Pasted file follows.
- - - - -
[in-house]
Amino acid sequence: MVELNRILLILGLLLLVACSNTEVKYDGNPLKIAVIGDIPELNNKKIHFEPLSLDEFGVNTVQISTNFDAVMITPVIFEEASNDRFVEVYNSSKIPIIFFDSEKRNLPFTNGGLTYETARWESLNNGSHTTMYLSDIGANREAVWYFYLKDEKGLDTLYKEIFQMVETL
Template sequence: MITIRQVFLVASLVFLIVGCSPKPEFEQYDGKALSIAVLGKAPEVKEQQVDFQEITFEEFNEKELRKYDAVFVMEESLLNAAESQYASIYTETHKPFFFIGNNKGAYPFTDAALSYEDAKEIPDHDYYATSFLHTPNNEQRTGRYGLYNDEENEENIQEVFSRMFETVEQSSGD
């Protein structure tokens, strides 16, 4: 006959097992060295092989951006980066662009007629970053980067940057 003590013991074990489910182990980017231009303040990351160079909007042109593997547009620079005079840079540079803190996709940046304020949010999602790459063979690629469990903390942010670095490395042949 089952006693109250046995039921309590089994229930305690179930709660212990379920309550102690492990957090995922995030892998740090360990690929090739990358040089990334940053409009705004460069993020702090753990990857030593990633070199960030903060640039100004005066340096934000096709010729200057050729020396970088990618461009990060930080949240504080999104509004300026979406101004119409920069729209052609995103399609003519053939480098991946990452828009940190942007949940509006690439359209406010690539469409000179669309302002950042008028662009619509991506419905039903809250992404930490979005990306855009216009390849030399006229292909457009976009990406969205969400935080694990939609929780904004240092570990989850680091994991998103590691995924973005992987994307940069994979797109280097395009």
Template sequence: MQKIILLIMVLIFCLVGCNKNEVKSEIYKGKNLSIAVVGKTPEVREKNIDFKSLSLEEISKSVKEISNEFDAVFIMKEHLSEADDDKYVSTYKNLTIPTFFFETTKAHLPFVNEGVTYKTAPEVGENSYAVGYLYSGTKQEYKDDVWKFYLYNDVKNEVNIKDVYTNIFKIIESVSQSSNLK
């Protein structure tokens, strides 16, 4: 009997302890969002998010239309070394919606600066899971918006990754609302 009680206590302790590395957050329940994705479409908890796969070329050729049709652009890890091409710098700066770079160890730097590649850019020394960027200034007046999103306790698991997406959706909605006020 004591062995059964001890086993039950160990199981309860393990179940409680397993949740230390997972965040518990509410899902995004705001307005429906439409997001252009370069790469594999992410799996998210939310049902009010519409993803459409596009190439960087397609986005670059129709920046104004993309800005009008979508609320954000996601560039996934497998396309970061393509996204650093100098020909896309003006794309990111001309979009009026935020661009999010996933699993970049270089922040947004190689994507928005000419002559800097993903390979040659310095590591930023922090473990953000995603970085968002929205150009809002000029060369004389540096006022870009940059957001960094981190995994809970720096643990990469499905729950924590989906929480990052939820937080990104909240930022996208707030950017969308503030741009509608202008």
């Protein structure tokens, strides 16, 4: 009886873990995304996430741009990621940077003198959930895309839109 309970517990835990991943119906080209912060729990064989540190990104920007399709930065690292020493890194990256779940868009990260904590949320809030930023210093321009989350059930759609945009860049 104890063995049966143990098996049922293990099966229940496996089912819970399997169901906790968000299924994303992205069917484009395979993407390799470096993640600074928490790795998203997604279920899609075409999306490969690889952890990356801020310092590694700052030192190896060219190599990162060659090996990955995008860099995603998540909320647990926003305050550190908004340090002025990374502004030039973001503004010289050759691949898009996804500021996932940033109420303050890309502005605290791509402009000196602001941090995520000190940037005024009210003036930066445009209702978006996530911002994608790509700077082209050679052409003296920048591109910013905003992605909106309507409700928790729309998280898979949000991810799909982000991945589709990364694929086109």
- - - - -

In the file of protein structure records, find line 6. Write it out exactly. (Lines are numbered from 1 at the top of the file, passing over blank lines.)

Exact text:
């Protein structure tokens, strides 16, 4: 009997302890969002998010239309070394919606600066899971918006990754609302 009680206590302790590395957050329940994705479409908890796969070329050729049709652009890890091409710098700066770079160890730097590649850019020394960027200034007046999103306790698991997406959706909605006020 004591062995059964001890086993039950160990199981309860393990179940409680397993949740230390997972965040518990509410899902995004705001307005429906439409997001252009370069790469594999992410799996998210939310049902009010519409993803459409596009190439960087397609986005670059129709920046104004993309800005009008979508609320954000996601560039996934497998396309970061393509996204650093100098020909896309003006794309990111001309979009009026935020661009999010996933699993970049270089922040947004190689994507928005000419002559800097993903390979040659310095590591930023922090473990953000995603970085968002929205150009809002000029060369004389540096006022870009940059957001960094981190995994809970720096643990990469499905729950924590989906929480990052939820937080990104909240930022996208707030950017969308503030741009509608202008």